Then clever buggers hit on the idea of selling of leasehold flats and houses with ground rents that would increase according to a formula that means that by the end of the term the ground rent would be something like £10,000 per year.


#11

At some level, if the landlord made the decision to clad the building in an unsafe material, couldn’t the leaseholders sue him?


#12

Well, leaseholders can in fact usually take over the management themselves and even if the freeholder is allowed to manage, they can only charge what the lease allows them to and their decisions, the costs, etc. can be challenged by the leaseholders.

As you said - there is significant regulation.

This particular case is however a shining example of the risks of leasehold property, especially in those ginormous flat complexes.

You don’t own it. You don’t control it. You have to contribute.

And the costs in the ginormous flat complexes are correspondingly ginormous.

Most people just look at the premium and try and ensure the service charge is as low as possible. Whereas what you should be looking for is whether maintenance is done regularly and properly and whether the lease provides for the build-up of a fund to cover large expenses or not. Many don’t which means that when something like this comes along or the roof needs replacing the tenants have to suddenly find large sums of money.

So it goes I’m afraid. Property is expensive.

In this case, it’s especially bad that it’s the non-fire safe cladding but it could just as easily be the replacement of the lifts or repainting.


#13

Maybe.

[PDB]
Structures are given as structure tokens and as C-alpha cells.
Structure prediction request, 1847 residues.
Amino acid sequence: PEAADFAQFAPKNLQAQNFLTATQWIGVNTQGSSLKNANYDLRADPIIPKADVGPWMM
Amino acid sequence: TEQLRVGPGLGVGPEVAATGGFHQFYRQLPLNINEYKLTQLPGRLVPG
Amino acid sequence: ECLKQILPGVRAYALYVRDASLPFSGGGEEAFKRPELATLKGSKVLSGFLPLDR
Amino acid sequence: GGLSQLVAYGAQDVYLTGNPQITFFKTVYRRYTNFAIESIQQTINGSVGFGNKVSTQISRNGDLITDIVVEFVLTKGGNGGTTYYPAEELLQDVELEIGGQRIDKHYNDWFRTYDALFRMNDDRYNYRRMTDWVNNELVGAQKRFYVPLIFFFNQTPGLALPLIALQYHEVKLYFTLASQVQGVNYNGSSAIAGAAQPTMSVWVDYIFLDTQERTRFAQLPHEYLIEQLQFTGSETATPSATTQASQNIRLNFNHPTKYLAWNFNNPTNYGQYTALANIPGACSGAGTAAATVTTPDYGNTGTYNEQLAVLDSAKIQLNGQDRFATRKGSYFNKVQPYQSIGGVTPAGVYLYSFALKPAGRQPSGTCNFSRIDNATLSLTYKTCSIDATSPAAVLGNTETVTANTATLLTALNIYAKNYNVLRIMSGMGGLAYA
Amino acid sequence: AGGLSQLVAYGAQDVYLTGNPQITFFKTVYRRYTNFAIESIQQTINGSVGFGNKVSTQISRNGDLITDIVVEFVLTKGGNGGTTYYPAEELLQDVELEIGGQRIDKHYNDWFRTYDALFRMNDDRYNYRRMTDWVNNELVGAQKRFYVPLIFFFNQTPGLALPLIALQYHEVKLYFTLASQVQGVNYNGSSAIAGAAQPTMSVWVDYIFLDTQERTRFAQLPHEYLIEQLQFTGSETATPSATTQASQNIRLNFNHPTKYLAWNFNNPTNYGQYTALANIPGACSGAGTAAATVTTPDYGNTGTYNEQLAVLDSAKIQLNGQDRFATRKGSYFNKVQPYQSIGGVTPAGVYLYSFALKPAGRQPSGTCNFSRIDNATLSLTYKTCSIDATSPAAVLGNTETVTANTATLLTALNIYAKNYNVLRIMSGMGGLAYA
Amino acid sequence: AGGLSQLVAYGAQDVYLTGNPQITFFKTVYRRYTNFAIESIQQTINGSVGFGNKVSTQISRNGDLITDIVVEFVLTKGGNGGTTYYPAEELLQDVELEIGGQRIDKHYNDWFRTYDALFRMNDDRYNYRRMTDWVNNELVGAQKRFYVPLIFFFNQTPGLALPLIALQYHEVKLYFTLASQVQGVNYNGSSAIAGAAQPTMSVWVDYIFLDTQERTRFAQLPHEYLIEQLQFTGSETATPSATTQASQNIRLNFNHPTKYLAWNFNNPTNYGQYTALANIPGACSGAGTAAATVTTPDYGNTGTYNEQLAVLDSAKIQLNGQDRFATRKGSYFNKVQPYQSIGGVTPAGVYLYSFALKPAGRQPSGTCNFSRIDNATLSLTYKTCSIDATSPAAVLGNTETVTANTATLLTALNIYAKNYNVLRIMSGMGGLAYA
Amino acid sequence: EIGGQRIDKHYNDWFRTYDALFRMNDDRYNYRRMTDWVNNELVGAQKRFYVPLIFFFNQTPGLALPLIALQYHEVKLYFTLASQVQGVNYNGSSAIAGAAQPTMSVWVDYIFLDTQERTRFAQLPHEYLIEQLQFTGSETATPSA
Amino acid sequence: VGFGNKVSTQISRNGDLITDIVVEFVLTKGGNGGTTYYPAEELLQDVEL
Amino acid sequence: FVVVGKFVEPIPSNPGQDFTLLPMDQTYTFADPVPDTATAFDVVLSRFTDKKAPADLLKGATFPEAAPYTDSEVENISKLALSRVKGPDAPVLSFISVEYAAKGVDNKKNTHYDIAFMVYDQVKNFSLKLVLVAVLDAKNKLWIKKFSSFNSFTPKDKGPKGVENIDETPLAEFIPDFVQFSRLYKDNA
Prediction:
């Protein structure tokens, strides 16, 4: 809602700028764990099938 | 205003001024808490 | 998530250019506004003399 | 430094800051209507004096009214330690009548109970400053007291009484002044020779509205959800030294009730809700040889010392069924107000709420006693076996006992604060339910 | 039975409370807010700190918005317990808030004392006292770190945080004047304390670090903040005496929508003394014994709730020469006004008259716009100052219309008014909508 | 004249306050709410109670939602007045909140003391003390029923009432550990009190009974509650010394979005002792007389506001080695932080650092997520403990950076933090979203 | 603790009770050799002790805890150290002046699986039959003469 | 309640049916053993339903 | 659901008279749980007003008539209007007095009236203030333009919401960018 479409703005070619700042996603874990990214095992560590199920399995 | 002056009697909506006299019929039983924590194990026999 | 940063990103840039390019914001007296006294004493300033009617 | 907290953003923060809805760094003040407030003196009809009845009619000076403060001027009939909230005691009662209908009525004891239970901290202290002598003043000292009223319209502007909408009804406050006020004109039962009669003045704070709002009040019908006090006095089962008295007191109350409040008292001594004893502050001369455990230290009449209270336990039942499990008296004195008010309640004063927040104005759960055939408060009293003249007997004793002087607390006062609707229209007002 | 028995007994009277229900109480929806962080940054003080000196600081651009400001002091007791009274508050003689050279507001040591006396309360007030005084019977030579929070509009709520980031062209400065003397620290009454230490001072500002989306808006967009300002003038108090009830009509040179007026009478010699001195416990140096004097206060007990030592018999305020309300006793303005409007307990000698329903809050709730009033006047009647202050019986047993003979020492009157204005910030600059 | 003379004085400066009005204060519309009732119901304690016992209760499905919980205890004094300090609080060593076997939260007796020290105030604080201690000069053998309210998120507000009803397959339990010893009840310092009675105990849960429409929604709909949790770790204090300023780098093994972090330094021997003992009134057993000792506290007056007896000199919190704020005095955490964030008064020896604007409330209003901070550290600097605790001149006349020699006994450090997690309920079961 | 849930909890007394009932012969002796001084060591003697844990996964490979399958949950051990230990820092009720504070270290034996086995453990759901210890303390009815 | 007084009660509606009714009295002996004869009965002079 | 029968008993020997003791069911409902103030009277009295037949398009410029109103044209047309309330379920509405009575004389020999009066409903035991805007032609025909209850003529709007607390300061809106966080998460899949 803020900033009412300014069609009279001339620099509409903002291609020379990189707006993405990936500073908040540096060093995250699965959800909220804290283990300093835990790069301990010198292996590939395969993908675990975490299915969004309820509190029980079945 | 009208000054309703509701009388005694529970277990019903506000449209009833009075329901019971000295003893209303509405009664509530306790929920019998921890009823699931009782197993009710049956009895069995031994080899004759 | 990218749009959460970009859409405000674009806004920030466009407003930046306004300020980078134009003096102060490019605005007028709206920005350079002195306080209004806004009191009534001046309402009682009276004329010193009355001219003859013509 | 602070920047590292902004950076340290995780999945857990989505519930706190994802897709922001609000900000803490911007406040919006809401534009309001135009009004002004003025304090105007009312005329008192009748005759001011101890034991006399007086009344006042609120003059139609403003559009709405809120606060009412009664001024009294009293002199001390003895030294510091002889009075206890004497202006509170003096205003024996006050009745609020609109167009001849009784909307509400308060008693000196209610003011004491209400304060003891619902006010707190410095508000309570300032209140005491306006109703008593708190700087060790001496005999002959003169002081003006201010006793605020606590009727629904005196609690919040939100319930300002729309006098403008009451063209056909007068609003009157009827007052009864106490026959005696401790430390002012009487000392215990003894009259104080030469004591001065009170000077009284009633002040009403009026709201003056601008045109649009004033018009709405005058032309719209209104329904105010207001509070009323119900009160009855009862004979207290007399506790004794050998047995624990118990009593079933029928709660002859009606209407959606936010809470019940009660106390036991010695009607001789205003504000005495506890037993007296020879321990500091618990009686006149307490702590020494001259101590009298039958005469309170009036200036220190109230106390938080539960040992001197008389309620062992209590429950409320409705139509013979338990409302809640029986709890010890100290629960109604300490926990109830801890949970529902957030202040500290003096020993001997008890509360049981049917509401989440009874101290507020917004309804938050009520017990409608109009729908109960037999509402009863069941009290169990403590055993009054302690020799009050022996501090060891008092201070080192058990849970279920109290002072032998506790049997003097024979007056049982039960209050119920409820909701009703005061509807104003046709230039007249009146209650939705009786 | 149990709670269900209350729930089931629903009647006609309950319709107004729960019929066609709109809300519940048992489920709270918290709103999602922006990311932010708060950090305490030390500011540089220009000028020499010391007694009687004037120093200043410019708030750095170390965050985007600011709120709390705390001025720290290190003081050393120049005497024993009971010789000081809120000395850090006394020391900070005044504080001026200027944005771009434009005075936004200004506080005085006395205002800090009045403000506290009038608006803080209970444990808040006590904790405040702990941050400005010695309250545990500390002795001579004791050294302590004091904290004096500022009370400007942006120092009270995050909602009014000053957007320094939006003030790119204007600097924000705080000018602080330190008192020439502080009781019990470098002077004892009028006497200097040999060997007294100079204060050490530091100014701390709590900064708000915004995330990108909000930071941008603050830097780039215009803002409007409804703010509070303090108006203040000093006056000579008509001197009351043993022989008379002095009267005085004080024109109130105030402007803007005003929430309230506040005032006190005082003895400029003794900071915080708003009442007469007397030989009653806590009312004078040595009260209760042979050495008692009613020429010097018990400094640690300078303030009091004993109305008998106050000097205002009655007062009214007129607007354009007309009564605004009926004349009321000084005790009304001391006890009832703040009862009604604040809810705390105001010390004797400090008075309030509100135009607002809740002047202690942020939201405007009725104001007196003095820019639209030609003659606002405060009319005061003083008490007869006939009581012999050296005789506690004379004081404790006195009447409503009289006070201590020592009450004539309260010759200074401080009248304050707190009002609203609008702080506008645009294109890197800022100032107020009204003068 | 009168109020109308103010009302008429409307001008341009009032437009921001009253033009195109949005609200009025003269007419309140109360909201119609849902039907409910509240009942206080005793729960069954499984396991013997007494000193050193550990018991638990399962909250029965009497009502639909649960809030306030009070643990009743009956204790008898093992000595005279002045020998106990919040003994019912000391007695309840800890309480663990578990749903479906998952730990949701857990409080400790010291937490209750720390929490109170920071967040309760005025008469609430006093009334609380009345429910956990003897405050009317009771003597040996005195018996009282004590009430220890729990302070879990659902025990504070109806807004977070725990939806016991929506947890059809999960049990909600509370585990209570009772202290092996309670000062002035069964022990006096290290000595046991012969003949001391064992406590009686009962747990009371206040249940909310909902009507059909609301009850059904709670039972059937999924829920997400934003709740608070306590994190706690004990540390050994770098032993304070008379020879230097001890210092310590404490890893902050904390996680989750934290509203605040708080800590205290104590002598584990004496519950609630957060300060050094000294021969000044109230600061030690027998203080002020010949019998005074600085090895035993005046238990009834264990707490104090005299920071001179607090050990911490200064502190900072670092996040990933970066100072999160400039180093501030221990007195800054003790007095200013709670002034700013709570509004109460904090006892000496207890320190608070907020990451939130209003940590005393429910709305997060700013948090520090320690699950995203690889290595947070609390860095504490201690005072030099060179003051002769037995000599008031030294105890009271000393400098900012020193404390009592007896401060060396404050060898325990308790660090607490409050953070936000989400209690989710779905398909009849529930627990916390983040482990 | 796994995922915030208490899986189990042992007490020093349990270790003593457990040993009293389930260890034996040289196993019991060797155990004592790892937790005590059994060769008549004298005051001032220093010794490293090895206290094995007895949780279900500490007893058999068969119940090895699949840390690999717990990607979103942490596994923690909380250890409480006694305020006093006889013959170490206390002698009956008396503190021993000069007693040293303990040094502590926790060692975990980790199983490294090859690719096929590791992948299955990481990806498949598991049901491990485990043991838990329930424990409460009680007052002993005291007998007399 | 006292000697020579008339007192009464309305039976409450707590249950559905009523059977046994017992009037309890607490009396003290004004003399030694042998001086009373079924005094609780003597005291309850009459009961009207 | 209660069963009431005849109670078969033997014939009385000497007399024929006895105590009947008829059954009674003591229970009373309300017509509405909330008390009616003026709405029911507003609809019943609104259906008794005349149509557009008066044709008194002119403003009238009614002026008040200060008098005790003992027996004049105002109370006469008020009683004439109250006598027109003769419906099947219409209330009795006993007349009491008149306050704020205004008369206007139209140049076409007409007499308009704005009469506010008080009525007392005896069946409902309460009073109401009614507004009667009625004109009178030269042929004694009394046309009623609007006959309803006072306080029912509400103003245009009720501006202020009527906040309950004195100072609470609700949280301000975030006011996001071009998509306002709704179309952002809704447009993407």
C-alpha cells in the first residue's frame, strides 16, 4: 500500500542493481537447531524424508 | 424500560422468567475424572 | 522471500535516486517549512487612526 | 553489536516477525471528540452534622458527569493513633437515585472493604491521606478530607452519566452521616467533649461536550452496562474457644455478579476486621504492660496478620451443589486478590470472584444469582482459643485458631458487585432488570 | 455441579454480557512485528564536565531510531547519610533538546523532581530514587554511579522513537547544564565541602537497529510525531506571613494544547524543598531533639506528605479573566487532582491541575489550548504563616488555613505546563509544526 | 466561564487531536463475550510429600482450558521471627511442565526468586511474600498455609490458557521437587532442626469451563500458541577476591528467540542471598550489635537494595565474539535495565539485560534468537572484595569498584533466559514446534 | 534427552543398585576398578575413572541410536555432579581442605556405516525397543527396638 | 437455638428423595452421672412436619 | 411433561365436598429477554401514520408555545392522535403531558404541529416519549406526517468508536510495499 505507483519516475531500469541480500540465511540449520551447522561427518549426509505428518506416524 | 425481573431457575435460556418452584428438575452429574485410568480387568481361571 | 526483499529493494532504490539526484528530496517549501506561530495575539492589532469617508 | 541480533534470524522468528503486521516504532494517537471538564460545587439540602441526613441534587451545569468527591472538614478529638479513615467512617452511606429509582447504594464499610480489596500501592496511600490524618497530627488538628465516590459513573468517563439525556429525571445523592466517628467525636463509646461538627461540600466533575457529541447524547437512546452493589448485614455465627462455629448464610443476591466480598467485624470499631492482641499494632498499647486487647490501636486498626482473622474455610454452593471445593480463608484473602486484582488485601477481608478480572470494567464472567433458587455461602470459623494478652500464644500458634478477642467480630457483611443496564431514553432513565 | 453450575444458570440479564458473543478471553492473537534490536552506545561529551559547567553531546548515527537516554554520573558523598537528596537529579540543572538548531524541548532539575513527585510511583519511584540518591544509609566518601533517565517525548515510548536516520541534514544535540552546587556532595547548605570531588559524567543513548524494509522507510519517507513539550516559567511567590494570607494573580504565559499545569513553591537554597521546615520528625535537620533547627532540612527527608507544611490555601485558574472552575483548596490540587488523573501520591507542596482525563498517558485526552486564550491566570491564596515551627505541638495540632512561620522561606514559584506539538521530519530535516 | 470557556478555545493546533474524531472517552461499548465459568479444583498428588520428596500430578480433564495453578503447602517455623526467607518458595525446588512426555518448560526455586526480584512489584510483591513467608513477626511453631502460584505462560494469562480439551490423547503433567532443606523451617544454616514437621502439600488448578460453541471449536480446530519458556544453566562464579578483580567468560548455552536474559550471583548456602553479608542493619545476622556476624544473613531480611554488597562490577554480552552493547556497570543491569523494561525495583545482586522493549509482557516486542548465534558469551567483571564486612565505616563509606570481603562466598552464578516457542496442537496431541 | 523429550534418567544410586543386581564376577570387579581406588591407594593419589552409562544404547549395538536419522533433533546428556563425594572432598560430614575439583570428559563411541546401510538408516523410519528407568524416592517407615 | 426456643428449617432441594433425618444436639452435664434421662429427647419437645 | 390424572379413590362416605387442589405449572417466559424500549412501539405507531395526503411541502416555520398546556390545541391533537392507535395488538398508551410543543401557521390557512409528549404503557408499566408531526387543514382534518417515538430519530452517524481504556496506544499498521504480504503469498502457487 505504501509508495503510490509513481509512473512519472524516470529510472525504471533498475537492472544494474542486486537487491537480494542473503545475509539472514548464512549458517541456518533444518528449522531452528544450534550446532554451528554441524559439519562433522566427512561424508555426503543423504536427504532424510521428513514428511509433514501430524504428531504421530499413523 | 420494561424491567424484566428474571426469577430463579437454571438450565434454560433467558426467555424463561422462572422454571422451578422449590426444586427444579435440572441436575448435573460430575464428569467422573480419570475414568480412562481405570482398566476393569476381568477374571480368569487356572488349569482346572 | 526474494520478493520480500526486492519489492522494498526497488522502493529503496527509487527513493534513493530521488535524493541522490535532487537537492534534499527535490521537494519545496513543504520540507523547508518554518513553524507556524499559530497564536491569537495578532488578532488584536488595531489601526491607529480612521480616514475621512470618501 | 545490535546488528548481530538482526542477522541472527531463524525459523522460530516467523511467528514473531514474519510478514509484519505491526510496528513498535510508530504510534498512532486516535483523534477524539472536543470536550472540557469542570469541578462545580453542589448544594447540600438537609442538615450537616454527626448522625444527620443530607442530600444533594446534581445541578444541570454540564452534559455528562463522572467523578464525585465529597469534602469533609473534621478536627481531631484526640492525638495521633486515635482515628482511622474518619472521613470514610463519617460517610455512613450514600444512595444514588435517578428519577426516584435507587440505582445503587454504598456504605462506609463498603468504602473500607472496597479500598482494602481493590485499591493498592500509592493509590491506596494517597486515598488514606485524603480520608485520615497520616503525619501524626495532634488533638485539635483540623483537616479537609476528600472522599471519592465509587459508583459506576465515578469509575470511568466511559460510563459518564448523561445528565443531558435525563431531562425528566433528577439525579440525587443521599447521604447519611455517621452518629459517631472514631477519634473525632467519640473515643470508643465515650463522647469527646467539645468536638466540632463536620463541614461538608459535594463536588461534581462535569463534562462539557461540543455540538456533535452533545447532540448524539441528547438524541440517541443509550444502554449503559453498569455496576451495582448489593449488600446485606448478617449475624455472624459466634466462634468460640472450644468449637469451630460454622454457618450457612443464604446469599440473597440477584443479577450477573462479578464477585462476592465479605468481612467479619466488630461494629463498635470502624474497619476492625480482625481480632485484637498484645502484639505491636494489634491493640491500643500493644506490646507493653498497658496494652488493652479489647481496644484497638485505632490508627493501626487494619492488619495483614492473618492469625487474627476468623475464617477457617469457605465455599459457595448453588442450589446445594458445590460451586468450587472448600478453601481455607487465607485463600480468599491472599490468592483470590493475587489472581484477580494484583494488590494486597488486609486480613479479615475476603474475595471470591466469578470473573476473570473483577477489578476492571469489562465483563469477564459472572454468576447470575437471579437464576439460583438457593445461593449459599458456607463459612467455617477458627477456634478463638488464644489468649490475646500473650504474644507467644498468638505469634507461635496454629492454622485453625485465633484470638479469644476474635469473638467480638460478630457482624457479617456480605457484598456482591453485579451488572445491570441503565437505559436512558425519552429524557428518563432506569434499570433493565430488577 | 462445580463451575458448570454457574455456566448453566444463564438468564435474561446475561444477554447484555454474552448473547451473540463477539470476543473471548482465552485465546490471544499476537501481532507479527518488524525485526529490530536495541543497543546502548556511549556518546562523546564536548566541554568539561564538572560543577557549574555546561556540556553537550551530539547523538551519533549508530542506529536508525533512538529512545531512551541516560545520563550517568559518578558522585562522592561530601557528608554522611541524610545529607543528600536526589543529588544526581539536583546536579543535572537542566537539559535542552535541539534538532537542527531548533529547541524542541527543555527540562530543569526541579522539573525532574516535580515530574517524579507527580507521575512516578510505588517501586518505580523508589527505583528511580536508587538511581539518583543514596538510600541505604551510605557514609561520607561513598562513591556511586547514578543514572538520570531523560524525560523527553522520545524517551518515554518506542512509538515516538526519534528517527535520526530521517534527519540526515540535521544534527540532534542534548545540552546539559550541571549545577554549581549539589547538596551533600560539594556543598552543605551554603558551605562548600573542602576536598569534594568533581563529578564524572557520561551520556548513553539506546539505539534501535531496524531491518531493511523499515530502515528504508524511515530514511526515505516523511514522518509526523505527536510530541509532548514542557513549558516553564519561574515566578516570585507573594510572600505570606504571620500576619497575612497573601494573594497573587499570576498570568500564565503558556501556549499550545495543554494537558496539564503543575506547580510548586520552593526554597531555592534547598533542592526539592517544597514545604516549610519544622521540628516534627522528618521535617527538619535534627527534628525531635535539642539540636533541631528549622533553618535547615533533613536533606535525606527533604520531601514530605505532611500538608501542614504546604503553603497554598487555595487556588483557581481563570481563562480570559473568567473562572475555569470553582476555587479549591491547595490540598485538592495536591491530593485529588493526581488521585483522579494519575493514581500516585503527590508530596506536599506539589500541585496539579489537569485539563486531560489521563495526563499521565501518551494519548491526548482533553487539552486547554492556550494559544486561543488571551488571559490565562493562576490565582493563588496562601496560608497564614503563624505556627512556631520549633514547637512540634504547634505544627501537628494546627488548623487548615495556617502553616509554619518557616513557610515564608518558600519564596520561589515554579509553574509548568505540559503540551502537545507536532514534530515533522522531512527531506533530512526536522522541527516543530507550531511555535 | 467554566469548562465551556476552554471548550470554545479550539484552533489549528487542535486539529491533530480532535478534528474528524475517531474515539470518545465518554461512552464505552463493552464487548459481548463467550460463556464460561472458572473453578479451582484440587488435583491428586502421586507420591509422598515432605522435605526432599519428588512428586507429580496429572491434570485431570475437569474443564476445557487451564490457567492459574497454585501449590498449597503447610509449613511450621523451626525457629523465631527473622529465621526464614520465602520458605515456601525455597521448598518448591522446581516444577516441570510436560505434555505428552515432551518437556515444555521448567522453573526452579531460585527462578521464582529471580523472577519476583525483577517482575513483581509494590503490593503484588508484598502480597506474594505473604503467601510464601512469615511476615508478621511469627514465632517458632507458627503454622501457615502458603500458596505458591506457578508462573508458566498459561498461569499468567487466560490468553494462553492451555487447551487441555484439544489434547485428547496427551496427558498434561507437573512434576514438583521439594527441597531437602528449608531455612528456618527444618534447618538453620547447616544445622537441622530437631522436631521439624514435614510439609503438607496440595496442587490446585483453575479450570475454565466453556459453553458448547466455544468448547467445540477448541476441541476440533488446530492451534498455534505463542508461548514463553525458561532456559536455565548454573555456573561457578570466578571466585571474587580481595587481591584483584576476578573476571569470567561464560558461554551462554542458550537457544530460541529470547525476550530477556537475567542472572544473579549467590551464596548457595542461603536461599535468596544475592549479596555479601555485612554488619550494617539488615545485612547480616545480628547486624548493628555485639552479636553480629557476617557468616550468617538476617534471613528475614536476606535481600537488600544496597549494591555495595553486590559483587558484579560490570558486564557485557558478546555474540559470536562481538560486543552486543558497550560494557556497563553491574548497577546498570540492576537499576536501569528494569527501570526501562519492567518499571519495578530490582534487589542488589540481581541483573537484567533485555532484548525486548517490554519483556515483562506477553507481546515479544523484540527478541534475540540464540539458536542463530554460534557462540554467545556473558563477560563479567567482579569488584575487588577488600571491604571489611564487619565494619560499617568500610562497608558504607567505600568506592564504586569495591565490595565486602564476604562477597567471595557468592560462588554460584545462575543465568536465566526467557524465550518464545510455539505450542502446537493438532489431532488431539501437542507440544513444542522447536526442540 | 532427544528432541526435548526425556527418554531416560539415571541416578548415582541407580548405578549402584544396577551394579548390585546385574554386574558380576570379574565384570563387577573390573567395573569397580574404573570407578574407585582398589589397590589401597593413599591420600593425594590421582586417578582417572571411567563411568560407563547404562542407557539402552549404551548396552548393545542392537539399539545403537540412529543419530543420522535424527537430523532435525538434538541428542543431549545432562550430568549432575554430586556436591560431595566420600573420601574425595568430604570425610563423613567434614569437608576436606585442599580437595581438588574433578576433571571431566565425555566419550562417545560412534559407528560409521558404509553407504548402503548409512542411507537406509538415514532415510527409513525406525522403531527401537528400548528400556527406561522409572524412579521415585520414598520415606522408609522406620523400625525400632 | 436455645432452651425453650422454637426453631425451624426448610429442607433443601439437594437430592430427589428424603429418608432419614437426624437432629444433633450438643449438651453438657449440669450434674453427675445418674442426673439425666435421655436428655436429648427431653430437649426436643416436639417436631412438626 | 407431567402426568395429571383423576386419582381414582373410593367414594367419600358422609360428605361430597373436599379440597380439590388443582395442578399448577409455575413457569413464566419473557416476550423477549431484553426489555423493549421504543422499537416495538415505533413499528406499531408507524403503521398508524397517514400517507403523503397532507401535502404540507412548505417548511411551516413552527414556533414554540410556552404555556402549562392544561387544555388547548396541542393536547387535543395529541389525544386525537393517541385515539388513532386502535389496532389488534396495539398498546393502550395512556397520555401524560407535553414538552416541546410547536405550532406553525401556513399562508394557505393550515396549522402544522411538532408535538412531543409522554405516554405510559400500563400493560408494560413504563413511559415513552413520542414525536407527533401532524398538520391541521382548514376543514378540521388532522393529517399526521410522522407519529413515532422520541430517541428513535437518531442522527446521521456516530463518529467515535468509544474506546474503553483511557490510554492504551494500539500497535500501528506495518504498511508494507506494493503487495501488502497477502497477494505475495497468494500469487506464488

Got £30,000 or so? That’s what it’ll probably cost to get a better answer.

The landlord could probably sue the developer for the cost of repairs though.


#14

The cladding was put onto existing buildings wasn’t it? I would presume the type of cladding was put in at the request or approved by the landlord.


#15

It was in Grenfell. I don’t know about this one. The complex looks quite new so the cladding may have been installed from the outset.

Either way, whether it’s against the developer or the building contractor/supplier, the landlord would appear to have a cause of action since I doubt they asked for “especially flammable cladding, please”.

The leaseholders might have a cause of action (certainly would if the landlord did ask for non-compliant cladding).

I expect we’ll find out a lot more once the case has been heard.


#16

Not in that wording, for example in Grenfell they wanted what was the cheapest. Which happened to be highly flammable.


#17

Yes, but the contract will still require that it also meet the necessary standards.

Which Grenfell’s appears not to have done.

It’s always a tricky one for builders and developers. Just because someone says they want it cheap does not mean you have carte blanche to sell them something shoddy.

Sometimes you have to suck it up and say “What you need can’t be done for the money you’re prepared to pay”.


#18

Every time i think about what happened to those people at Grenfell it just upsets me to no end. People shouldn’t have to die to take something seriously.


#19

Councils and registered social landlords across the country have largely agreed to cover the costs of emergency works to replace cladding on scores of affected buildings. But this dispute is one of the first to affect private blocks

Capitalism is simple. Privatize profits. Nationalize costs. Fuck over the peasants as much as you can get away with, and then some. Be sure to endorse and benefit law and order so you don’t wake up dead one morning.


#20

You never know…